Capacity building in an African context


  • Gerrit J. Dimmendaal


Many African countries are characterized by large numbers of languages, however they differ with respect to the roles played by these languages in the educational system or administration. As shown below through a comparison of the situation in Sudan (section 2) and Ethiopia (section 3), these differences also affect the state the fields of descriptive and documentary linguistics find themselves in in these countries. And, not unexpectedly, this situation also determines the relative need for capacity building. An overview of language policies and capacity building in former British, French and Portuguese colonies in Africa, as presented in section 4, should make clear that colonial heritage is but one factor determining the current state of description and documentation. Language policies in the post-colonial period have fluctuated in many African countries; moreover, one frequently observes a discrepancy between the official language policy and the actual policy as practised in a number of countries. The presence of non-governmental organisations dealing with literacy projects, and consequently, with the study of indigenous languages, appears to have had a positive effect on the situation. For various historical reasons partly outlined below, the degree of capacity building needed clearly differs between countries on the African continent. Moreover...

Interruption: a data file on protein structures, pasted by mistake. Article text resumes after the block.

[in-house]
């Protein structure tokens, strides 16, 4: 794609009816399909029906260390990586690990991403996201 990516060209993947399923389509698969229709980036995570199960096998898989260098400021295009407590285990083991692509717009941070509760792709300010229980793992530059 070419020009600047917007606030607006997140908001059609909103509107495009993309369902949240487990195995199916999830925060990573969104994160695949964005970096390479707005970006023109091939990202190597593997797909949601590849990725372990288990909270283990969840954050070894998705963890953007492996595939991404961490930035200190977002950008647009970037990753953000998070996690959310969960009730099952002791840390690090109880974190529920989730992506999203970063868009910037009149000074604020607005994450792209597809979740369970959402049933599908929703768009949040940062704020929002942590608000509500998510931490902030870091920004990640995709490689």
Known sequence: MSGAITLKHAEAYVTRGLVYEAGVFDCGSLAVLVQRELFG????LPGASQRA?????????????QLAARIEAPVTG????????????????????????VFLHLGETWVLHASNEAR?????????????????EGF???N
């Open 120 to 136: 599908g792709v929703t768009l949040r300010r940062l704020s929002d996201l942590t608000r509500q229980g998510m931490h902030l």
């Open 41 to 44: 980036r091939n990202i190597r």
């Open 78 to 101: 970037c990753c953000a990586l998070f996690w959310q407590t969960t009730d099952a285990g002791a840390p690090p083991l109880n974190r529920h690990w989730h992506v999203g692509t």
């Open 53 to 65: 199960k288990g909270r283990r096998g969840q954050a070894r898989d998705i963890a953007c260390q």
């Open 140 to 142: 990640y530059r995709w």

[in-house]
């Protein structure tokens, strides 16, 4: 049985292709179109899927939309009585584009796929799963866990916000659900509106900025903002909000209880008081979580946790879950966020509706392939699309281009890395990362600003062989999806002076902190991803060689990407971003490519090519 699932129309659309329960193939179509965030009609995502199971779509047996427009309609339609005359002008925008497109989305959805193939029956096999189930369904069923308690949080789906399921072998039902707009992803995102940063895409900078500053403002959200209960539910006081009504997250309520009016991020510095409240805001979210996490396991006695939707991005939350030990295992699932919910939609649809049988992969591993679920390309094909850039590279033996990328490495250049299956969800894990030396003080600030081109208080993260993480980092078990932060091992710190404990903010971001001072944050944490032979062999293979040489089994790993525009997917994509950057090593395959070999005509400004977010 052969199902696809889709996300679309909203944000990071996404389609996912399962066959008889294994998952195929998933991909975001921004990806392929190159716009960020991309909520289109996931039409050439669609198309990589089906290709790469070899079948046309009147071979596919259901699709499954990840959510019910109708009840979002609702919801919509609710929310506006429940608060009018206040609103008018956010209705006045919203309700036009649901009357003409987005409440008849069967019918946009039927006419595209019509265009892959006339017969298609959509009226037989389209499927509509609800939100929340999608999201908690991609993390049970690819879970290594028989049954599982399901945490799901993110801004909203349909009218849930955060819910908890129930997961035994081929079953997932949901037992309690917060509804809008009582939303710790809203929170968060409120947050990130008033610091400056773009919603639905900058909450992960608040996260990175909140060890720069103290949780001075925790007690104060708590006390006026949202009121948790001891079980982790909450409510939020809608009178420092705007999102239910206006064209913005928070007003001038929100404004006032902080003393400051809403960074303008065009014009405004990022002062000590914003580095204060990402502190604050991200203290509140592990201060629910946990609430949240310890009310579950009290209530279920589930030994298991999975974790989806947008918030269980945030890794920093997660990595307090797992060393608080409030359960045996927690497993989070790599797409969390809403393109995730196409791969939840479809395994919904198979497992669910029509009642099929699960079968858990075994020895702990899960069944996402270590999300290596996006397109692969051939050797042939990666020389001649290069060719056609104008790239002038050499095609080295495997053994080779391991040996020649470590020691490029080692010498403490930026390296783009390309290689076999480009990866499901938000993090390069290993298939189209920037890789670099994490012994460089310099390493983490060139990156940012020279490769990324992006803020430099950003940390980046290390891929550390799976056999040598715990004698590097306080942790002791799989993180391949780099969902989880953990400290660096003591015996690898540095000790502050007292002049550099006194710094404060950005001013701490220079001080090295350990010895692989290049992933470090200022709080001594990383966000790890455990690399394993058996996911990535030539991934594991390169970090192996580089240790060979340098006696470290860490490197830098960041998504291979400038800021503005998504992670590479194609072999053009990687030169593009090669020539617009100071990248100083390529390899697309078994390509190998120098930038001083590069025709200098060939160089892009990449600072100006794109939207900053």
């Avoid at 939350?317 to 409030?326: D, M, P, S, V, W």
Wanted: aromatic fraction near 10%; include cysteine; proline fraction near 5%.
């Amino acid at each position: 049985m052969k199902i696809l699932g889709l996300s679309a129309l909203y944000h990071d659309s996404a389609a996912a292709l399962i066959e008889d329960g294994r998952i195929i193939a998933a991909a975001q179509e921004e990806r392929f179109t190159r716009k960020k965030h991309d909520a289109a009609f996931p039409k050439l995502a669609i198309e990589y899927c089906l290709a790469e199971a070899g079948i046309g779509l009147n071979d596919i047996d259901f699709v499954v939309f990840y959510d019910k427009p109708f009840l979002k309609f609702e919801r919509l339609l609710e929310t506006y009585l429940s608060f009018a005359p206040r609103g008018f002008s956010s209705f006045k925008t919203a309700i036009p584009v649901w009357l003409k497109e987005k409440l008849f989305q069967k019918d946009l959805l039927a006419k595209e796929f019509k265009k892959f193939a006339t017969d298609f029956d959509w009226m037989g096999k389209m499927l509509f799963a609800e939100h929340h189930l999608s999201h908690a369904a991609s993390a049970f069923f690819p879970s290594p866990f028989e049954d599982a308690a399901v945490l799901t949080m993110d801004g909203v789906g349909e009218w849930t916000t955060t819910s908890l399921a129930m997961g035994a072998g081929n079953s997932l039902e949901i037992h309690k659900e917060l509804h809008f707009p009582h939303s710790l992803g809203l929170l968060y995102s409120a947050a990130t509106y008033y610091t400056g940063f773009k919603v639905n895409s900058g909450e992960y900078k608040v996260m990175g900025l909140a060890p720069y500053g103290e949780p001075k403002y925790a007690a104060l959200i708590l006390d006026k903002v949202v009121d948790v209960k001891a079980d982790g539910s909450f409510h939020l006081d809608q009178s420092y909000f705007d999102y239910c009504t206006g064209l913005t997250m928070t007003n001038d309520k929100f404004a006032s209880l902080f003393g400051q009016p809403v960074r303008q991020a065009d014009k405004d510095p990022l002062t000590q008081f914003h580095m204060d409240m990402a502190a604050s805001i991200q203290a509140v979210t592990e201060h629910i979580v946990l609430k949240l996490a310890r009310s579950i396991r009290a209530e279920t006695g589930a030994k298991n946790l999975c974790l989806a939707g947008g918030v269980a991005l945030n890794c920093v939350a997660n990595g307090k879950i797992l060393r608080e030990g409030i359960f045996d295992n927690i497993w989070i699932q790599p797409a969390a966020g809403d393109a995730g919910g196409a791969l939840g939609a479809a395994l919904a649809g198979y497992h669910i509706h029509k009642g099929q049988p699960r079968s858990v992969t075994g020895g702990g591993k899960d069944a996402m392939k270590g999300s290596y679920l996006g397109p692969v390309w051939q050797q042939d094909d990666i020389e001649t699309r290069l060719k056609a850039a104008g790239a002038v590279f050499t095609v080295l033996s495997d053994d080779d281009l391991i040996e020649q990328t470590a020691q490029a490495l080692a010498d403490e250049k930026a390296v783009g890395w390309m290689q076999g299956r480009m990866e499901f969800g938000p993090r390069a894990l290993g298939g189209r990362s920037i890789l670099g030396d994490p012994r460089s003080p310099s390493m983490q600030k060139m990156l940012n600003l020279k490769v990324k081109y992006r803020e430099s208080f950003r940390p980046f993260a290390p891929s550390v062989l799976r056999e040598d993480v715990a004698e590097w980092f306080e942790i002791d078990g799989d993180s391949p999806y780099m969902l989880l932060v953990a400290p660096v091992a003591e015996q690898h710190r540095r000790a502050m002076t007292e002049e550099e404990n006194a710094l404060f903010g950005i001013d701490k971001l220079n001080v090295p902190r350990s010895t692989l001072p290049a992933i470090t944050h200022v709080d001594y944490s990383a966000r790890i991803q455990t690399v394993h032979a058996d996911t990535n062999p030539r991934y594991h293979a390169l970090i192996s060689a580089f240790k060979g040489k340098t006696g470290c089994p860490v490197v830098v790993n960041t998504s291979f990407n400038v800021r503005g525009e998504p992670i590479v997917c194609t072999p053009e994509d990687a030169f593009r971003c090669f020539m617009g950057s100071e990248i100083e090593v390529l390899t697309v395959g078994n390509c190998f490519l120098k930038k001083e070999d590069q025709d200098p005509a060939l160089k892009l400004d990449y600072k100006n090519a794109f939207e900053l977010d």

AfricaSudanEthiopialanguage documentation and descriptioncapacity buildinglanguage policycolonialismliteracy projectsindigenous languageshistorical contextcooperation
  • Year: 2004
  • Volume: 2
  • Page/Article: 71-89
  • DOI: 10.25894/ldd292
  • Published on 31 Jul 2014